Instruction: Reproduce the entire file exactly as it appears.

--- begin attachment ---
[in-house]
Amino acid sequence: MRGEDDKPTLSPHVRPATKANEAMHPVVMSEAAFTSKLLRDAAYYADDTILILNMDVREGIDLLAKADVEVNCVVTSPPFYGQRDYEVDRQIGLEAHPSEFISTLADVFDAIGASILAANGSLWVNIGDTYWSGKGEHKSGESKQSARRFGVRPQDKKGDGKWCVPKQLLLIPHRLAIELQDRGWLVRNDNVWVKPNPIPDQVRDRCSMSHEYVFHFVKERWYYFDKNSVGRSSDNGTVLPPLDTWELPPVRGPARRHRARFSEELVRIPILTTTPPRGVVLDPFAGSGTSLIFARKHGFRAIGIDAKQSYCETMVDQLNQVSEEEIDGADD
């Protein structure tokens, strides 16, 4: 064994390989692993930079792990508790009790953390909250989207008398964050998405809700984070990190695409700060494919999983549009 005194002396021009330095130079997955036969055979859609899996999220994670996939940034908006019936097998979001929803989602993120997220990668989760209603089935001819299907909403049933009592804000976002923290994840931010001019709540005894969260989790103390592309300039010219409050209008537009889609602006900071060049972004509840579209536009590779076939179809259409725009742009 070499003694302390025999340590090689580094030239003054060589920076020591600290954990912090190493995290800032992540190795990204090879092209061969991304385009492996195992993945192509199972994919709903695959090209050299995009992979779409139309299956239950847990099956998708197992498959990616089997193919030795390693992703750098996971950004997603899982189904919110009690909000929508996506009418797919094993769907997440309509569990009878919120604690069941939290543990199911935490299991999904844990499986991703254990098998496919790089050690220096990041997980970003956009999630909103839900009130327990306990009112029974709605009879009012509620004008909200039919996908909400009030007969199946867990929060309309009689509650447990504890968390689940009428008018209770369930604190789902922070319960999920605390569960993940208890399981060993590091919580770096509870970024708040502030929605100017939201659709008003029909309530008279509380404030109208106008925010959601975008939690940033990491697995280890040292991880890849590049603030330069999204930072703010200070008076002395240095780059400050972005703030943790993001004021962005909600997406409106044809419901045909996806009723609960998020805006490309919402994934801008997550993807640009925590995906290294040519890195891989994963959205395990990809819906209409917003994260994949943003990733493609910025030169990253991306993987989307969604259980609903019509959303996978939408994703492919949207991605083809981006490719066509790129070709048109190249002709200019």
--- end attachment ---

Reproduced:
[in-house]
Amino acid sequence: MRGEDDKPTLSPHVRPATKANEAMHPVVMSEAAFTSKLLRDAAYYADDTILILNMDVREGIDLLAKADVEVNCVVTSPPFYGQRDYEVDRQIGLEAHPSEFISTLADVFDAIGASILAANGSLWVNIGDTYWSGKGEHKSGESKQSARRFGVRPQDKKGDGKWCVPKQLLLIPHRLAIELQDRGWLVRNDNVWVKPNPIPDQVRDRCSMSHEYVFHFVKERWYYFDKNSVGRSSDNGTVLPPLDTWELPPVRGPARRHRARFSEELVRIPILTTTPPRGVVLDPFAGSGTSLIFARKHGFRAIGIDAKQSYCETMVDQLNQVSEEEIDGADD
């Protein structure tokens, strides 16, 4: 064994390989692993930079792990508790009790953390909250989207008398964050998405809700984070990190695409700060494919999983549009 005194002396021009330095130079997955036969055979859609899996999220994670996939940034908006019936097998979001929803989602993120997220990668989760209603089935001819299907909403049933009592804000976002923290994840931010001019709540005894969260989790103390592309300039010219409050209008537009889609602006900071060049972004509840579209536009590779076939179809259409725009742009 070499003694302390025999340590090689580094030239003054060589920076020591600290954990912090190493995290800032992540190795990204090879092209061969991304385009492996195992993945192509199972994919709903695959090209050299995009992979779409139309299956239950847990099956998708197992498959990616089997193919030795390693992703750098996971950004997603899982189904919110009690909000929508996506009418797919094993769907997440309509569990009878919120604690069941939290543990199911935490299991999904844990499986991703254990098998496919790089050690220096990041997980970003956009999630909103839900009130327990306990009112029974709605009879009012509620004008909200039919996908909400009030007969199946867990929060309309009689509650447990504890968390689940009428008018209770369930604190789902922070319960999920605390569960993940208890399981060993590091919580770096509870970024708040502030929605100017939201659709008003029909309530008279509380404030109208106008925010959601975008939690940033990491697995280890040292991880890849590049603030330069999204930072703010200070008076002395240095780059400050972005703030943790993001004021962005909600997406409106044809419901045909996806009723609960998020805006490309919402994934801008997550993807640009925590995906290294040519890195891989994963959205395990990809819906209409917003994260994949943003990733493609910025030169990253991306993987989307969604259980609903019509959303996978939408994703492919949207991605083809981006490719066509790129070709048109190249002709200019």